Apple Pay: The Beginning of a Cashless Society?

Yesterday (June 8), Apple made the announcement that Apple Pay will be coming to the UK as early as July.

The Apple pay system, which has been very successful in the US trials, is transforming the way people treat their finances and make their purchasing decisions:

A statement on the Apple website read:

“Apple Pay has quickly become a big part of millions of users’ everyday shopping routines, providing a simpler, faster and more secure way to pay,” said Eddy Cue, Apple’s senior vice president of Internet Software and Services. “We’re thrilled to bring Apple Pay to the UK with support at launch from the most popular banks, an incredible roster of merchants and many of our users’ favorite apps.”

250,000 locations (as well as the entire London underground network) are standing ready to accept Apple Pay when it launches in July 2015; and eight of the most established banks are integrating it into their existing systems.

It seems as if people are about to gain more control over their finances than ever before. With access to their accounts through various Online Banking apps, and the versatility and wide availability of Apple Pay, consumers are rapidly progressing towards a cashless future.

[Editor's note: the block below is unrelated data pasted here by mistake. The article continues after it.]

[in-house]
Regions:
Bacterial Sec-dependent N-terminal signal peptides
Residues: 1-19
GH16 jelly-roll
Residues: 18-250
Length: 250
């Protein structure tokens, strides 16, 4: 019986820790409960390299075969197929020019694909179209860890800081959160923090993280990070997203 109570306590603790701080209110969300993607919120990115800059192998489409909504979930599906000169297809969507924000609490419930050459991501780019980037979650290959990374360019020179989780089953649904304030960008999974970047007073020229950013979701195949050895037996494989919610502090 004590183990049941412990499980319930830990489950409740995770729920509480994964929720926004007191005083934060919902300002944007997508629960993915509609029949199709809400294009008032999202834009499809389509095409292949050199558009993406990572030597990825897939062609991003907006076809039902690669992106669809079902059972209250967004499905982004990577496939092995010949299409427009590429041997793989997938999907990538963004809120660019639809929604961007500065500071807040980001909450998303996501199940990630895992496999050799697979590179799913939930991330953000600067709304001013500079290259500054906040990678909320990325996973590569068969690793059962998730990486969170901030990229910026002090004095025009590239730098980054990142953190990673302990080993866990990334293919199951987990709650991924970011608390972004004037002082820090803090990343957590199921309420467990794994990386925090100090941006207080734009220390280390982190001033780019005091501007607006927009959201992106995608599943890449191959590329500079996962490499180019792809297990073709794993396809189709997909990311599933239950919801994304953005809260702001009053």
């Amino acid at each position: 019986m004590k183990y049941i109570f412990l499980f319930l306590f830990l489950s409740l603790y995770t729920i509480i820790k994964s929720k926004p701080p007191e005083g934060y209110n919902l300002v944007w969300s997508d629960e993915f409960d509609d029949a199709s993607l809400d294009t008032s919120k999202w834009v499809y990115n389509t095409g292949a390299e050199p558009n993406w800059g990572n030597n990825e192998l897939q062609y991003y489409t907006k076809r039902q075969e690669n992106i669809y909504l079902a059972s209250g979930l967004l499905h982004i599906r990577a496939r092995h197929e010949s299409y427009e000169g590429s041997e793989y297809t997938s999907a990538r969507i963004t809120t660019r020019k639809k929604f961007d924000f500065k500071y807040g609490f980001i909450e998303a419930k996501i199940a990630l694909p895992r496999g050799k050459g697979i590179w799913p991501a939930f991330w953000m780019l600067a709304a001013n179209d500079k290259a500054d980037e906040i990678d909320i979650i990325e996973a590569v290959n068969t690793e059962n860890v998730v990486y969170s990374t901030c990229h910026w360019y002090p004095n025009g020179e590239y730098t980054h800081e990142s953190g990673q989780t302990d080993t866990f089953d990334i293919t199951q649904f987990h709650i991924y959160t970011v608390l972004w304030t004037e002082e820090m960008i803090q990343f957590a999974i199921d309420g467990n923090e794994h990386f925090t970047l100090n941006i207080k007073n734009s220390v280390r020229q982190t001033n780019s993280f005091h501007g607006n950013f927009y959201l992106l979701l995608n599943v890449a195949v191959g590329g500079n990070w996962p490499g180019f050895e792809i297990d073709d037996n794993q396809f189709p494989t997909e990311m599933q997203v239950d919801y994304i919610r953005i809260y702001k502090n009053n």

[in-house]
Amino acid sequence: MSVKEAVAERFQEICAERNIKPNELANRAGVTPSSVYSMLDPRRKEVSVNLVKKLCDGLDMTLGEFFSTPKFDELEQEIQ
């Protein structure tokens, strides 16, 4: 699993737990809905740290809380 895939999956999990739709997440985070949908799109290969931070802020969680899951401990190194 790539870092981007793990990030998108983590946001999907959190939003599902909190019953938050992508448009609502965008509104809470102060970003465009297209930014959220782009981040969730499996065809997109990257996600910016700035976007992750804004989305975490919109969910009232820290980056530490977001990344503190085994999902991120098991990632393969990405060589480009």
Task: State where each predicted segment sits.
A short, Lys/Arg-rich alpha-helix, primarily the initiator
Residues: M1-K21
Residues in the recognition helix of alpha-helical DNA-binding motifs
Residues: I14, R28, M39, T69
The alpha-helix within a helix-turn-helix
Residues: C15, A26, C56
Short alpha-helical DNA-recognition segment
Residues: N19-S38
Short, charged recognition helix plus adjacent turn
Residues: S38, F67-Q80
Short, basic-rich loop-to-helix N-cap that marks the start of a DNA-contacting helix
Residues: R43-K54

Greater convenience is afforded with the integration of wearable tech. By connecting with The Apple Watch, purchases can now be made with a flick of a wrist, promising both ease of use and heightened security thanks to integrated biometric systems. Mastercard and Visa are two major credit/debit card companies who have adopted apple pay, many of their customers will be able to use fingerprint recognition to authenticate mobile transactions. iPhone 6, iPhone 6 Plus, iPad 2 or Apple Watch will also be able to use Apple Pay in any shops using contactless technology, authenticating with their Touch ID. Purchases from the app store will also be confirmed using a fingerprint or passcode depending on the model of phone or tablet.

As with any new system there will be kinks to work out (battery life not the least), but the proliferation of Apple Pay suggests that mobile technology may soon be replacing cash, particularly for small or everyday transactions.